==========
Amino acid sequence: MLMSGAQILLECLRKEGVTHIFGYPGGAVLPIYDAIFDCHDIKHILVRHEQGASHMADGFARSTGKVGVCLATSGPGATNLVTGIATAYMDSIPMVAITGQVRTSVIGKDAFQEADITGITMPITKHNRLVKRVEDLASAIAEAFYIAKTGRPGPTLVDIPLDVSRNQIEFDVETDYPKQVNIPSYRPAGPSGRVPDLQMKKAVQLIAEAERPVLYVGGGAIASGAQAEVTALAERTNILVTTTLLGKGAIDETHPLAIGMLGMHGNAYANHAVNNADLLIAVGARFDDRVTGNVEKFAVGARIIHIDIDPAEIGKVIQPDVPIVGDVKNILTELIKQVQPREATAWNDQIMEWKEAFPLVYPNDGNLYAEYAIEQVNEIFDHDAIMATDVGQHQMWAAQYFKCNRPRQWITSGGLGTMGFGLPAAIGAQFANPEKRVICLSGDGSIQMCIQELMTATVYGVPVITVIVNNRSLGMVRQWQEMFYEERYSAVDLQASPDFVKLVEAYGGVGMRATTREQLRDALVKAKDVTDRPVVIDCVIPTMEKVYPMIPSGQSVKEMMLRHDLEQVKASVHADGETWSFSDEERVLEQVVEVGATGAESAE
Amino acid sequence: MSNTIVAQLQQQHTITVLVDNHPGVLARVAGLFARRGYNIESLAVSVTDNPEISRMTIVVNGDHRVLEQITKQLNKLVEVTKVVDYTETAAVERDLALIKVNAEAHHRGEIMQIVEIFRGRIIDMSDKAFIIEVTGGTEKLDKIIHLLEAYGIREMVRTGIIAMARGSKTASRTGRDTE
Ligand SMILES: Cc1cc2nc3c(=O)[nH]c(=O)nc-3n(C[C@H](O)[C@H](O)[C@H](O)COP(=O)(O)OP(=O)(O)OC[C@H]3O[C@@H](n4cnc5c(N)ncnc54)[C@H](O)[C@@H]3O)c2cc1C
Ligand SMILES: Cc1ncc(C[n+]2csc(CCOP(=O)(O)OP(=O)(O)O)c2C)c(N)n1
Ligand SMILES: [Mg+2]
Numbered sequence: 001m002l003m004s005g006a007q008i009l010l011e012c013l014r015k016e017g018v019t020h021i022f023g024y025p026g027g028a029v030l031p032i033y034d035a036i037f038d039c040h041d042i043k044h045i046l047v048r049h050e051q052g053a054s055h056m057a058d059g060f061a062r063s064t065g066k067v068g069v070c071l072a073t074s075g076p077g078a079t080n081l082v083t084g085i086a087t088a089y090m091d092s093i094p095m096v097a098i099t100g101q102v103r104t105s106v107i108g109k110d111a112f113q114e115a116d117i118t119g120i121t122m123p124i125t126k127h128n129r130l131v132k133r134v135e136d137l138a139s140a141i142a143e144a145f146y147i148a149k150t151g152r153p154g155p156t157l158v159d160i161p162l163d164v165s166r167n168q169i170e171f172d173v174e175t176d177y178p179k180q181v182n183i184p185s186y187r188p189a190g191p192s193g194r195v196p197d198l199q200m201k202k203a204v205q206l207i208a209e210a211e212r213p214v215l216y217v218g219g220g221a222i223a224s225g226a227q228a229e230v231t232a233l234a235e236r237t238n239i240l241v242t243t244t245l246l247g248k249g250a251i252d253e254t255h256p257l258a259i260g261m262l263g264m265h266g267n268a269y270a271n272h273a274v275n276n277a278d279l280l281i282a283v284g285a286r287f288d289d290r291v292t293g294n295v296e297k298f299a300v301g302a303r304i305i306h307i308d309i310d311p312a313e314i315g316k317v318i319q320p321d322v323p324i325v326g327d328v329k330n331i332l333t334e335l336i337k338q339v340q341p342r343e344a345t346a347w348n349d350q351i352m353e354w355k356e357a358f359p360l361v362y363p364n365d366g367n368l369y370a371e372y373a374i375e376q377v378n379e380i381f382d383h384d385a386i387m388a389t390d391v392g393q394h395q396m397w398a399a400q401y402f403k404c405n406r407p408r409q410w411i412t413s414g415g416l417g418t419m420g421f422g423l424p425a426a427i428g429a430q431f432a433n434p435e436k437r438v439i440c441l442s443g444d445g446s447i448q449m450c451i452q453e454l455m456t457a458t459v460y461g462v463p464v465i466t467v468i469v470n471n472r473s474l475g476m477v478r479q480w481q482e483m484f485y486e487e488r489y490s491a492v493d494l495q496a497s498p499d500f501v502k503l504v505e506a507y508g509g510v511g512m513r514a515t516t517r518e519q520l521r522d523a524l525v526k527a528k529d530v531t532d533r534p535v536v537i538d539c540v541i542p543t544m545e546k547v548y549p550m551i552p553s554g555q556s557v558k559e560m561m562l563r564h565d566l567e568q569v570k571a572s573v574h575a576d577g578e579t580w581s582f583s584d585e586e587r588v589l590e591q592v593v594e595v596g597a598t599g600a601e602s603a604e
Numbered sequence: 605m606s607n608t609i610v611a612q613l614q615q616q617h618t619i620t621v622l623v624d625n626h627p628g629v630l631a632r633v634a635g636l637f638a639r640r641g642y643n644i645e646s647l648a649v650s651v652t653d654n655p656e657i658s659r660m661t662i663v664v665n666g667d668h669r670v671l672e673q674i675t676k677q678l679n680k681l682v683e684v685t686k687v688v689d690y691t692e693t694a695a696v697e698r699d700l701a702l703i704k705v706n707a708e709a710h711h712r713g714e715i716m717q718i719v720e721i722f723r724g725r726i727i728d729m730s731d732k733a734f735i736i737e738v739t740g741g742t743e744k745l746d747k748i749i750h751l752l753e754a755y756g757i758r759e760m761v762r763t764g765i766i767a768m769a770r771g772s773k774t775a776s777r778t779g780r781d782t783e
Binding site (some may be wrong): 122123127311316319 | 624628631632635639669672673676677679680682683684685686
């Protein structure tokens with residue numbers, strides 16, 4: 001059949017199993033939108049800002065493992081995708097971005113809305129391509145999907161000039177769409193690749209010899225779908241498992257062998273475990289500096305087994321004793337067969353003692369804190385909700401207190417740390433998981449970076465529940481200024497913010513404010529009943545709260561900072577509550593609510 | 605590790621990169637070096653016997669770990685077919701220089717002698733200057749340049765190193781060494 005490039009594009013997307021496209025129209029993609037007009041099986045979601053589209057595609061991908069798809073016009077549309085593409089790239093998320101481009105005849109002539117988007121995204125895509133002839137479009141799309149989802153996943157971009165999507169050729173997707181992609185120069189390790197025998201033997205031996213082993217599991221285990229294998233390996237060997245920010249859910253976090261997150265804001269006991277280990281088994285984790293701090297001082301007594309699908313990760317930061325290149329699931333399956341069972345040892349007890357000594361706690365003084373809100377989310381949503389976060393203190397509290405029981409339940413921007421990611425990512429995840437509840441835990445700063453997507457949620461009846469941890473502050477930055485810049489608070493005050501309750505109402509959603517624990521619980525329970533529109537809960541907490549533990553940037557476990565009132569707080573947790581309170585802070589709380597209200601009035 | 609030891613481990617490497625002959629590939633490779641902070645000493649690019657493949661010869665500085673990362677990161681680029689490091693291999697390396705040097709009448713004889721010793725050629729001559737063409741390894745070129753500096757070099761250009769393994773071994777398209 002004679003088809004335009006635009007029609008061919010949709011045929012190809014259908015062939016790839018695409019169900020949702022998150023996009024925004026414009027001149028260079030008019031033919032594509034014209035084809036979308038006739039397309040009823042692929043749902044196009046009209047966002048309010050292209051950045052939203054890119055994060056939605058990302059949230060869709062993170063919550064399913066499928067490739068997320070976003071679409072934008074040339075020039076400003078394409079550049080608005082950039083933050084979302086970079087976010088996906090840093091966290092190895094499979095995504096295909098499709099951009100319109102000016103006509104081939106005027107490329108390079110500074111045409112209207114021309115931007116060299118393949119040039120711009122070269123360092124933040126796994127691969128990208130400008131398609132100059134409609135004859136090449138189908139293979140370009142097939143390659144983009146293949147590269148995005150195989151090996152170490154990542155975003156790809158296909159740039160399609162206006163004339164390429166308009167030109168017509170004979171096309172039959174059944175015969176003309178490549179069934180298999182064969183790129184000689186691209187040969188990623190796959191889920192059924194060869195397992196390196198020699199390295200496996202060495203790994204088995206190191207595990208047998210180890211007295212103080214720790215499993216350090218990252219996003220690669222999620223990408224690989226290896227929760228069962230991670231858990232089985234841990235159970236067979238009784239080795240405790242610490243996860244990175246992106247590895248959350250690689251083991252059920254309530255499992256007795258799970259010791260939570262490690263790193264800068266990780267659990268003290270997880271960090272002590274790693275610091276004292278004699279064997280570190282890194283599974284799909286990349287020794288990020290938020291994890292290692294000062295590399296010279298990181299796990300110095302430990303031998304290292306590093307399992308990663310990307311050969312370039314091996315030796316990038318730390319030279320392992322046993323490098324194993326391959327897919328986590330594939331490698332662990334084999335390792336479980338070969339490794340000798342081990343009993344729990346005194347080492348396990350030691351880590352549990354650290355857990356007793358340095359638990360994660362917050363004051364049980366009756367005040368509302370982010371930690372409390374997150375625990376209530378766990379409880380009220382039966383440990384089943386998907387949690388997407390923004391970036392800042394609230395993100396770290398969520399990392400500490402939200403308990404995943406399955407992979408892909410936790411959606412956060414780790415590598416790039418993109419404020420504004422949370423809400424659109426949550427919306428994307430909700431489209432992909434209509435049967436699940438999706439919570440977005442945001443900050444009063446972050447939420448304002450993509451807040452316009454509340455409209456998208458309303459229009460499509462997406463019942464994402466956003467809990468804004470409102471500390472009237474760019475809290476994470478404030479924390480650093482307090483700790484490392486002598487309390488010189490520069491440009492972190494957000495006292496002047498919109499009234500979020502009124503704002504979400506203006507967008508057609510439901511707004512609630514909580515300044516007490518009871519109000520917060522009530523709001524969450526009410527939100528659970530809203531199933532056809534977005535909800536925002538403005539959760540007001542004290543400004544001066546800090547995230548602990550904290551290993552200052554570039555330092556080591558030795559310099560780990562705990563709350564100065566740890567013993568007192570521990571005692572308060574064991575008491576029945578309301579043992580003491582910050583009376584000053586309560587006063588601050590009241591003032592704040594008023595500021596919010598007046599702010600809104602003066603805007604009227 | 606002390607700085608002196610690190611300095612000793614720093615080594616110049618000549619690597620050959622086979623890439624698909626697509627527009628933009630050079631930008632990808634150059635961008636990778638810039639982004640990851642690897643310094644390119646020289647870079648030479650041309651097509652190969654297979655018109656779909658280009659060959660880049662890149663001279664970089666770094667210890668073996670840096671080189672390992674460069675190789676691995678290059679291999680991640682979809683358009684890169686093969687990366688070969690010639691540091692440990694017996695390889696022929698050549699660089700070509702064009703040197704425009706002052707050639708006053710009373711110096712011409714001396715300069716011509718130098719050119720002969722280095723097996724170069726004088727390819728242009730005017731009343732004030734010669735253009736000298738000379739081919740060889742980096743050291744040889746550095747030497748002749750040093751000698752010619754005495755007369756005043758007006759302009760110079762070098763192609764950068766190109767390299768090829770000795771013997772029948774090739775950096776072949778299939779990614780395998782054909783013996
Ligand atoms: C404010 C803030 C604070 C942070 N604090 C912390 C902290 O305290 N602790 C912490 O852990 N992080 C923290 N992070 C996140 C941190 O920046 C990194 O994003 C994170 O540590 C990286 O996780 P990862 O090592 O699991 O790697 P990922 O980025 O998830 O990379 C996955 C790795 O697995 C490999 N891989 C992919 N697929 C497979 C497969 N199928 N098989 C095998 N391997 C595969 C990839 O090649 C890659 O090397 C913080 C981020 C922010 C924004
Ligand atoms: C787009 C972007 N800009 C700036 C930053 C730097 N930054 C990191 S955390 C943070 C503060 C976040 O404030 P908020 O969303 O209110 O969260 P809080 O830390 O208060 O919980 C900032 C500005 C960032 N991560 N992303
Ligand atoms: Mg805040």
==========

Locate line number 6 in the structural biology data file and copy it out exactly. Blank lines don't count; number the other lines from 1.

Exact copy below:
Numbered sequence: 001m002l003m004s005g006a007q008i009l010l011e012c013l014r015k016e017g018v019t020h021i022f023g024y025p026g027g028a029v030l031p032i033y034d035a036i037f038d039c040h041d042i043k044h045i046l047v048r049h050e051q052g053a054s055h056m057a058d059g060f061a062r063s064t065g066k067v068g069v070c071l072a073t074s075g076p077g078a079t080n081l082v083t084g085i086a087t088a089y090m091d092s093i094p095m096v097a098i099t100g101q102v103r104t105s106v107i108g109k110d111a112f113q114e115a116d117i118t119g120i121t122m123p124i125t126k127h128n129r130l131v132k133r134v135e136d137l138a139s140a141i142a143e144a145f146y147i148a149k150t151g152r153p154g155p156t157l158v159d160i161p162l163d164v165s166r167n168q169i170e171f172d173v174e175t176d177y178p179k180q181v182n183i184p185s186y187r188p189a190g191p192s193g194r195v196p197d198l199q200m201k202k203a204v205q206l207i208a209e210a211e212r213p214v215l216y217v218g219g220g221a222i223a224s225g226a227q228a229e230v231t232a233l234a235e236r237t238n239i240l241v242t243t244t245l246l247g248k249g250a251i252d253e254t255h256p257l258a259i260g261m262l263g264m265h266g267n268a269y270a271n272h273a274v275n276n277a278d279l280l281i282a283v284g285a286r287f288d289d290r291v292t293g294n295v296e297k298f299a300v301g302a303r304i305i306h307i308d309i310d311p312a313e314i315g316k317v318i319q320p321d322v323p324i325v326g327d328v329k330n331i332l333t334e335l336i337k338q339v340q341p342r343e344a345t346a347w348n349d350q351i352m353e354w355k356e357a358f359p360l361v362y363p364n365d366g367n368l369y370a371e372y373a374i375e376q377v378n379e380i381f382d383h384d385a386i387m388a389t390d391v392g393q394h395q396m397w398a399a400q401y402f403k404c405n406r407p408r409q410w411i412t413s414g415g416l417g418t419m420g421f422g423l424p425a426a427i428g429a430q431f432a433n434p435e436k437r438v439i440c441l442s443g444d445g446s447i448q449m450c451i452q453e454l455m456t457a458t459v460y461g462v463p464v465i466t467v468i469v470n471n472r473s474l475g476m477v478r479q480w481q482e483m484f485y486e487e488r489y490s491a492v493d494l495q496a497s498p499d500f501v502k503l504v505e506a507y508g509g510v511g512m513r514a515t516t517r518e519q520l521r522d523a524l525v526k527a528k529d530v531t532d533r534p535v536v537i538d539c540v541i542p543t544m545e546k547v548y549p550m551i552p553s554g555q556s557v558k559e560m561m562l563r564h565d566l567e568q569v570k571a572s573v574h575a576d577g578e579t580w581s582f583s584d585e586e587r588v589l590e591q592v593v594e595v596g597a598t599g600a601e602s603a604e